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Mainstreaming Climate Security: The FY22 National Defense Authorization Act

Date: Monday, January 3, 2022
Source: By John Conger, Council of Strategic Risks
Mainstreaming Climate Security: The FY22 National Defense Authorization Act

Last week, President Biden signed the Fiscal Year 2022 National Defense Authorization Act (NDAA), that Congress passed with overwhelmingly bipartisan support. The bill included numerous climate security measures that echo a number of key recommendations in the Center for Climate and Security’s Climate Security Plan for America (CSPA).

 

Over the past several years, Congress has enacted a series of pragmatic measures on climate and security.  Many of the measures have focused locally and tactically on the Defense Department’s infrastructure and resilience to extreme weather, while others have taken a wider view such as requiring a new Arctic Strategy or creating a Department of Defense Center for Arctic Security Studies.  This year’s NDAA fills in the gaps between the tactical and strategic measures and codifies some provisions in President Biden’s executive orders on climate, which will help ensure they last beyond this administration.

 

This year’s bill includes multiple provisions aimed at mainstreaming, or integrating, climate change into multiple DoD processes. For example, the bill codifies the National Security Climate Resilience Act (Sec. 331-335 of the bill), which directs DoD to incorporate climate resilience into acquisition; budgeting, planning and execution; infrastructure planning and sustainment; force development; engagement strategy development and security assistance.  This section of the bill also directs DoD to conduct mission impact assessments (recommendation 2.3 in our CSPA), to evaluate the implications of climate change on readiness, training, testing, and operations; and to use those assessments to support development of Combatant Commander requirements.

 

Another example of mainstreaming is the direction (Sec. 311) for DoD to incorporate military installation resilience, including to climate change, into the National Defense Strategy (CSPA 1.3) and other key strategic documents such as Combatant Command plans (CSPA 4.8).

 

Some other key climate security highlights from the bill are listed below, with their section number and, where applicable, the section of the CSPA where we recommended the measure:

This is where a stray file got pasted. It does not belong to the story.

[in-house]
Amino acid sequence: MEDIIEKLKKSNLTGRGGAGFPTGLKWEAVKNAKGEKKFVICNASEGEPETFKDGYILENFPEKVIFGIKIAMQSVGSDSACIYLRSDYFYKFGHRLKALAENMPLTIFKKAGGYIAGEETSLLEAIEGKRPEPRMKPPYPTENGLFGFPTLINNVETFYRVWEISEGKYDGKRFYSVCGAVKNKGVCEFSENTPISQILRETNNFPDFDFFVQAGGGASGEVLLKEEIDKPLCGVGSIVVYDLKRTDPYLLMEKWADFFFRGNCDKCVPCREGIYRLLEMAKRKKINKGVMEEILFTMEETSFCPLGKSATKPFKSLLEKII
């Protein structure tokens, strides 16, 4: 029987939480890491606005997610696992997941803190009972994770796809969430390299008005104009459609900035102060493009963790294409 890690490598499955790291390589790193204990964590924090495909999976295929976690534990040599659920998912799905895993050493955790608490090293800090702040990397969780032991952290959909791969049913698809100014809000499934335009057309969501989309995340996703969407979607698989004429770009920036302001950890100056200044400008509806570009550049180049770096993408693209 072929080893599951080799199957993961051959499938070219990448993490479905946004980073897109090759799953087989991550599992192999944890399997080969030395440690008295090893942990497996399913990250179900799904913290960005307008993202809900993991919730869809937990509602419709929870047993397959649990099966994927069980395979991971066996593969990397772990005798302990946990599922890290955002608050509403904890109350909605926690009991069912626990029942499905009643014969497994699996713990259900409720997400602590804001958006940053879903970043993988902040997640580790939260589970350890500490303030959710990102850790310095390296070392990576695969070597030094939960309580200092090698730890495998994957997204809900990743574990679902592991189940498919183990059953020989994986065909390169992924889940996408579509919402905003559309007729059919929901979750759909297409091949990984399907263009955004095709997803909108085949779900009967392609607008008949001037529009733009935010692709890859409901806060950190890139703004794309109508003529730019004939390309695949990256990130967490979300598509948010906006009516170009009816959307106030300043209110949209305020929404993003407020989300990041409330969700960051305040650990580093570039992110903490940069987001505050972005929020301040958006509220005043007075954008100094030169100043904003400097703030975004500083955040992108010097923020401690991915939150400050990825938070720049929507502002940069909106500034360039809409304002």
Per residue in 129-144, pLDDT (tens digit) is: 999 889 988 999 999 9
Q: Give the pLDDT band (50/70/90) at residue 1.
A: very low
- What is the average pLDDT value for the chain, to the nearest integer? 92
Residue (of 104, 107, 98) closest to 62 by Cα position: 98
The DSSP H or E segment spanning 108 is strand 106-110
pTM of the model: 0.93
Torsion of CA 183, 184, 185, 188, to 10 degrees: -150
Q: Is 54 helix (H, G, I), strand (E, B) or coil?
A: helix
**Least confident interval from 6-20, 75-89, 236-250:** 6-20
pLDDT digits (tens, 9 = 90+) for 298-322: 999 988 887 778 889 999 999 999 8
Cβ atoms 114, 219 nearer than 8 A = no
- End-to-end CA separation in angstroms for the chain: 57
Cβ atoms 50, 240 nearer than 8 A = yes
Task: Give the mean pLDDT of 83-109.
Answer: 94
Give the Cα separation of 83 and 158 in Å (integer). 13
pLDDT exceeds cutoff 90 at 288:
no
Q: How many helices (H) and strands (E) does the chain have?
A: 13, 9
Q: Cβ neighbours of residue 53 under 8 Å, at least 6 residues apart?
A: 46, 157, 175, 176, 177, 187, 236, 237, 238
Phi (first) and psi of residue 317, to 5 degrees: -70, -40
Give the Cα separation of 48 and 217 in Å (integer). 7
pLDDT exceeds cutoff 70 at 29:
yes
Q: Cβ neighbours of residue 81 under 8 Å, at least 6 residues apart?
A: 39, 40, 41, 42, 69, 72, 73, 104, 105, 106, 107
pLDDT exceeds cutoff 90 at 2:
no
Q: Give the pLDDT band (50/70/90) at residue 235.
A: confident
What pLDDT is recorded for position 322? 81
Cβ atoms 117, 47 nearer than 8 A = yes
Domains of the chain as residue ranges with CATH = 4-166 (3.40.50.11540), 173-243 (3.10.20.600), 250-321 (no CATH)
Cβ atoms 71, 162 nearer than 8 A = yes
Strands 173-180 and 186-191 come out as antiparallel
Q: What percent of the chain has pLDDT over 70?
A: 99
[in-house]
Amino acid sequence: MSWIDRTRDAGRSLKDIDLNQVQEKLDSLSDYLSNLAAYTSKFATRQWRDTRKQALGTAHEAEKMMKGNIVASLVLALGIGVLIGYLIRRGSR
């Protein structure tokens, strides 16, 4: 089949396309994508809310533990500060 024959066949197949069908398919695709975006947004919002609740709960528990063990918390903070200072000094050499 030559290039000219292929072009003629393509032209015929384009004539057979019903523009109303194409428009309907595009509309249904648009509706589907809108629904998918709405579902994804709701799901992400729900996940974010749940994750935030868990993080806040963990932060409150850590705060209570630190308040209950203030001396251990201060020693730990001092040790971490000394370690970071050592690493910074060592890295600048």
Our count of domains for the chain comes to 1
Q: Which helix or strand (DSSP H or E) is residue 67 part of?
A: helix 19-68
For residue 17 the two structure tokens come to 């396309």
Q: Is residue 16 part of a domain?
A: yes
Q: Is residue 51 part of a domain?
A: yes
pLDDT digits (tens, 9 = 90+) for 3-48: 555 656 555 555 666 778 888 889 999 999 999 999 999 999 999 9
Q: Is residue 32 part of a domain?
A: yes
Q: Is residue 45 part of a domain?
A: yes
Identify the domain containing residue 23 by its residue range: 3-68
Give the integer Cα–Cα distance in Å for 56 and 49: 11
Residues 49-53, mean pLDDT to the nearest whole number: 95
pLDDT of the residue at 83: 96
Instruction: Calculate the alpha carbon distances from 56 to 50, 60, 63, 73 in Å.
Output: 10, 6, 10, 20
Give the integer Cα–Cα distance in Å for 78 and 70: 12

Mission Assessments and Responses

 

  • Requires DoD to conduct Climate Resilience Mission Impact Assessments to assess the implications not only on installations but on operations and warfighting capability (Sec 334 / CSPA 2.3);
  • Requires a threat assessment of the impacts of extreme weather, drought, and desertification on regional stability (Sec 334);
  • Requires the Office of Net Assessment to conduct a long-term assessment of the implications of climate change on DoD (Sec 334 / CSPA 2.3);
  • Requires the development of wargames and exercises focused on climate-driven crises (Sec 334 / CSPA 2.3);
  • Requires DoD to analyze climate risks to the deployment of forces – specifically assessing impacts to the strategic highway and rail networks and strategic air and seaports (Sec 334);
  • Requires a review of the R&D needed to ensure resilience of military equipment and capabilities to future climate conditions (Sec 334 / CSPA 2.5);
  • Requires a review and enhancement of existing authorities for using Air Force and Air National Guard airborne firefighting systems and other DoD assets to fight wildfires (Sec 1065);

 

Expanding and Accelerating Installation Resilience

 

  • Requires DoD to develop a framework for installation commanders to engage with local communities to improve preparation for and response to extreme weather and climate events (Sec 332);
  • Requires DoD to ensure at least 10 percent of major military installations achieve energy net-zero and water or waste net-zero by fiscal year 2035 (Sec. 319);
  • Establishes a new program administered by the Office of Local Defense Community Cooperation (OLDCC) to make grants, conclude cooperative agreements, and supplement other federal funds for planning and implementing projects to maintain or improve military installation resilience (Sec 313);
  • Establishes a new program for projects on and outside installations to manage increasing stormwater impacts (Sec 2803);
  • Extends existing installation resilience programs focused on facilities to DoD testing and training ranges (Sec. 332);
  • Requires each Secretary of a military department to identify at least two major military installations at risk from extreme weather events within 30 days of enactment, and to ensure that resilience plans are complete for those installations within one year (Sec 2833);
  • Requires DoD to perform detailed assessments of the climate vulnerabilities of installations to climate change (Sec 335 / CSPA 2.2); and
  • Strengthens requirements to address the risks of flooding (Sec 2805).

 

Climate Education, Training, and Support to Allies and Partners

 

  • The Senate included an extensive section of directive report language in its committee report that directs DoD to include military installation resilience into professional military education and training courses for those officers selected to become installation commanders (CSPA 4.9).  It also encourages DoD to incorporate climate resilience into International Military Education and Training (IMET) programs and to conduct joint security training exercises on these issues with partner militaries (CSPA 3.3).

 

This extensive list is encouraging, and demonstrates that the U.S. Congress will continue to be a full partner in ensuring that the Department of Defense is positioned to deal with the security implications of climate change.